A Basel III regulatory measure, the ratio divides Tier 1 capital by the sum of total assets plus specified off-balance sheet items.

Liquidity Coverage Ratio (LCR)

The Liquidity Coverage Ratio is a Basel III metric that measures the sufficiency of HQLA available to meet net short-term financial obligations over a thirty day period in an acute stress scenario.

Loan-to-value (LTV) ratio

Calculated based on the total facility amount for the residential mortgage and RBC Homeline Plan® product divided by the value of the related residential property.

Master netting agreement

An agreement between us and a counterparty designed to reduce the credit risk of multiple derivative transactions through the creation of a legal right of offset of exposure in the event of a default.

Net interest income

The difference between what is earned on assets such as loans and securities and what is paid on liabilities such as deposits and subordinated debentures.

Net interest margin (on average earning assets, net)

Calculated as net interest income divided by average earning assets, net.

Normal course issuer bid (NCIB)

A program for the repurchase of our own shares for cancellation through a stock exchange that is subject to the various rules of the relevant stock exchange and securities commission.

Notional amount

The contract amount used as a reference point to calculate payments for derivatives.

Off-balance sheet financial instruments

A variety of arrangements offered to clients, which include credit derivatives, written put options, backstop liquidity facilities, stable value products, financial standby letters of credit, performance guarantees, credit enhancements, mortgage loans sold with recourse, commitments to extend credit, securities lending, documentary and commercial letters of credit, note issuances and revolving underwriting facilities, securities lending indemnifications and indemnifications.

Office of the Superintendent of Financial Institutions Canada (OSFI)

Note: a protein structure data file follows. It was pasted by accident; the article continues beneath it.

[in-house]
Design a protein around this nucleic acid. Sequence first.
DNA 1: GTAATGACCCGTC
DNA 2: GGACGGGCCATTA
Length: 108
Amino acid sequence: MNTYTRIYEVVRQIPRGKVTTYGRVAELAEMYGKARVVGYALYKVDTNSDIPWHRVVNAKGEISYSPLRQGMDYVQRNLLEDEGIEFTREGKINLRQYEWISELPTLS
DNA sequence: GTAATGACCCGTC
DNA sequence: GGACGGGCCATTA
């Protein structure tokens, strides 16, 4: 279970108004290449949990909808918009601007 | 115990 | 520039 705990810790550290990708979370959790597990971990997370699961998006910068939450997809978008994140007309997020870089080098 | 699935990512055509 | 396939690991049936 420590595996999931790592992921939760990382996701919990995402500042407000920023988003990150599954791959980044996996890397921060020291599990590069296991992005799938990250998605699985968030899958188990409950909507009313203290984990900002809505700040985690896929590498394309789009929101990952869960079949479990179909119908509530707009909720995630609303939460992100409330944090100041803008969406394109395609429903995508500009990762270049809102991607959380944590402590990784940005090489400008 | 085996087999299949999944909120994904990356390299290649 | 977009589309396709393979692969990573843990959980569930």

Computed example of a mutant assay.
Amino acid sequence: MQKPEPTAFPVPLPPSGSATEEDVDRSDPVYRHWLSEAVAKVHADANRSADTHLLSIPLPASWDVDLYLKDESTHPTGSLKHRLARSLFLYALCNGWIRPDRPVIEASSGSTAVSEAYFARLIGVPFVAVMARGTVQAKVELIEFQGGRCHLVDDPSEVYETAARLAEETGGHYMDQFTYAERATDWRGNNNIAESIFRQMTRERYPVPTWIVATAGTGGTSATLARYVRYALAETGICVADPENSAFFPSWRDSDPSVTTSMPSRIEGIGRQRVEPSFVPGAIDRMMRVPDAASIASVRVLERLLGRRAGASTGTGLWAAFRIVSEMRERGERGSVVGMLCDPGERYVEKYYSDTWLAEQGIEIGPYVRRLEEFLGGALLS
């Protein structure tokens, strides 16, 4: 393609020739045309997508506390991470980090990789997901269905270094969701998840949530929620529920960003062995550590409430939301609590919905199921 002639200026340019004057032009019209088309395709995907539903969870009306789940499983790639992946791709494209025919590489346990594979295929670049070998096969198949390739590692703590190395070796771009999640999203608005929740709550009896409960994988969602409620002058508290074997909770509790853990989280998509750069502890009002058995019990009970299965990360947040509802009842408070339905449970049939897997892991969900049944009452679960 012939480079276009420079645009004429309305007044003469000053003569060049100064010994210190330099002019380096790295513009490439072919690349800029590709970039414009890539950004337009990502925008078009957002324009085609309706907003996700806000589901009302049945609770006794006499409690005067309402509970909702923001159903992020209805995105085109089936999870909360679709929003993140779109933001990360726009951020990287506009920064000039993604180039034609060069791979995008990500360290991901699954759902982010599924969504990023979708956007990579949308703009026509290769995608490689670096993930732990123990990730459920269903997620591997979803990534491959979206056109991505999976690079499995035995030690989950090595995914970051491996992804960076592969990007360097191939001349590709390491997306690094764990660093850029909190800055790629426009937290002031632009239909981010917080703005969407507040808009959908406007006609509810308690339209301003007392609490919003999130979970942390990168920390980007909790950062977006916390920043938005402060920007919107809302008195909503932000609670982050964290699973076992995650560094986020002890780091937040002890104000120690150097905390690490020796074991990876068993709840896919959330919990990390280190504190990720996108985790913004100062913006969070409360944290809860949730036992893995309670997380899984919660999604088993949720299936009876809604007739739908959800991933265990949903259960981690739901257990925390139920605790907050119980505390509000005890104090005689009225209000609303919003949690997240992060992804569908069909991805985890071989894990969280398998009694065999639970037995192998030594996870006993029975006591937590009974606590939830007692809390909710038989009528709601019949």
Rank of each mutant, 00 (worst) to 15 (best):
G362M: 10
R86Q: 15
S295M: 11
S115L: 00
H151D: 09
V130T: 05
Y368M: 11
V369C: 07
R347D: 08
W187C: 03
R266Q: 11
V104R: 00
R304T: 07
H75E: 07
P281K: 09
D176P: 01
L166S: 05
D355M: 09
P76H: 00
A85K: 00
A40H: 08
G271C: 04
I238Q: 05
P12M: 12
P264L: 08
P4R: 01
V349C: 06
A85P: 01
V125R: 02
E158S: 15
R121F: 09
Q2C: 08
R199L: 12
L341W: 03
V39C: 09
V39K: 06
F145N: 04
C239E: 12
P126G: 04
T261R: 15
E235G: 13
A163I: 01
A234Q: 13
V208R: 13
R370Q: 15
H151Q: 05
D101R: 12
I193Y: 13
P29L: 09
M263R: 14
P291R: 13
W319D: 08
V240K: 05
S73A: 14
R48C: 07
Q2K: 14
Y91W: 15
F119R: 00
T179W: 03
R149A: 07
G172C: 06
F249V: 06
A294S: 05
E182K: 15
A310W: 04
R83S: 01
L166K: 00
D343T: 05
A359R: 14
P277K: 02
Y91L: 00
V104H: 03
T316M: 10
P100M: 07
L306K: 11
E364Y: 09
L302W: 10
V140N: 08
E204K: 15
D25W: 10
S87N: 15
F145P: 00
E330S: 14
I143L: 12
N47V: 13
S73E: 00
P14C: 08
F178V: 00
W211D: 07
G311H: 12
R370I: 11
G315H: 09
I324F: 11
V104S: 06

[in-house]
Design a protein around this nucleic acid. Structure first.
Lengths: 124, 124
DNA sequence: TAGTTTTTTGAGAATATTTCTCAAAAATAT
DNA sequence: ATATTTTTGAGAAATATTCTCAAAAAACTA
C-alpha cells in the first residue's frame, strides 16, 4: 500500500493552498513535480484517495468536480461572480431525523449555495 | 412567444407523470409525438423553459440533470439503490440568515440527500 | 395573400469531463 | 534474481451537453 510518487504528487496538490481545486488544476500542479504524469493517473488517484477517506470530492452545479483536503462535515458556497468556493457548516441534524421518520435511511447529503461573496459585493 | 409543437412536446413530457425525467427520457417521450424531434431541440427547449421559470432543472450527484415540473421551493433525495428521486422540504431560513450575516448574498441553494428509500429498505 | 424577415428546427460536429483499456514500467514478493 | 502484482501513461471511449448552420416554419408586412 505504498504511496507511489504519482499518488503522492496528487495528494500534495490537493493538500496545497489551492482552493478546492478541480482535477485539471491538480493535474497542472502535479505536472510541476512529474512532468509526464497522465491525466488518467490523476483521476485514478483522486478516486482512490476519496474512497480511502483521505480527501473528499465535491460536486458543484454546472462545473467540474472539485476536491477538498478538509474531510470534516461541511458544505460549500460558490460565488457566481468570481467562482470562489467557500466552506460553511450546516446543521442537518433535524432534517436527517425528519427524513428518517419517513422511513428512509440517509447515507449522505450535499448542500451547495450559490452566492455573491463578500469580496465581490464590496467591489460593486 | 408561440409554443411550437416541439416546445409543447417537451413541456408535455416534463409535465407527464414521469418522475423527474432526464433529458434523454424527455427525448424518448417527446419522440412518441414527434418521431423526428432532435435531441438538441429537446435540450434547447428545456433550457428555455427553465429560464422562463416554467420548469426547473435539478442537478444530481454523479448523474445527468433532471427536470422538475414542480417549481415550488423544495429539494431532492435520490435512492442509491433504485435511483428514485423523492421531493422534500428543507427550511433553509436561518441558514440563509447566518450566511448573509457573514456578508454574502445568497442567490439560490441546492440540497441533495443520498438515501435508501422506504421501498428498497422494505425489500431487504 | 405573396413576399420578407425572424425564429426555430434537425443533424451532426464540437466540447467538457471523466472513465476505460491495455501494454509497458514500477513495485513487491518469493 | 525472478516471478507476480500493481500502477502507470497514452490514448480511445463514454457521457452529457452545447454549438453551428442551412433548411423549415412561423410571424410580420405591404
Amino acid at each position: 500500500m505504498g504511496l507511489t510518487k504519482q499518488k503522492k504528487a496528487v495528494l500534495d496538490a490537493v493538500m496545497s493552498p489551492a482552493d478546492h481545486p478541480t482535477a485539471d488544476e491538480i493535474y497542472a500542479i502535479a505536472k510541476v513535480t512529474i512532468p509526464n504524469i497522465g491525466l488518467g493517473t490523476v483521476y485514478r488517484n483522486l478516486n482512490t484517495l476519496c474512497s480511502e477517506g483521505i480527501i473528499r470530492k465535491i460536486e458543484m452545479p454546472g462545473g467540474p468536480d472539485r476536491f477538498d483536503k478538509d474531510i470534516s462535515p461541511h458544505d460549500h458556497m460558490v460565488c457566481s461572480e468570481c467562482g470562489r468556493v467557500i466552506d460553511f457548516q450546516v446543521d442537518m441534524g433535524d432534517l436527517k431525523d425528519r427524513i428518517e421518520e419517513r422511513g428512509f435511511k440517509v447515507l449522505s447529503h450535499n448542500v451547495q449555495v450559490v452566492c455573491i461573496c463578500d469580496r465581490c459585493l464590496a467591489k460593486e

The primary regulator of federally chartered financial institutions and federally administered pension plans in Canada. OSFI’s mission is to safeguard policyholders, depositors and pension plan members from undue loss.

Operating leverage

The difference between our revenue growth rate and non-interest expense growth rate.


A contract or a provision of a contract that gives one party (the option holder) the right, but not the obligation, to perform a specified transaction with another party (the option issuer or option writer) according to specified terms.

Provision for credit losses (PCL)

The amount charged to income necessary to bring the allowance for credit losses to a level determined appropriate by management. This includes provisions on performing and impaired financial assets.

RBC Homeline Plan® products

The amount charged to income necessary to bring the allowance for credit losses to a level determined appropriate by management. This includes provisions on performing and impaired financial assets.

Repurchase agreements

These involve the sale of securities for cash and the simultaneous repurchase of the securities for value at a later date. These transactions normally do not constitute economic sales and therefore are treated as collateralized financing transactions.

Return on common equity (ROE)

Net income available to common shareholders, expressed as a percentage of average common equity.

Reverse repurchase agreements

These involve the purchase of securities for cash and the simultaneous sale of the securities for value at a later date. These transactions normally do not constitute economic sales and therefore are treated as collateralized financing transactions.

Risk-weighted assets (RWA)

Assets adjusted by a regulatory risk-weight factor to reflect the riskiness of on and off-balance sheet exposures. Certain assets are not risk-weighted, but deducted from capital. The calculation is defined by guidelines issued by OSFI. For more details, refer to the Capital management section.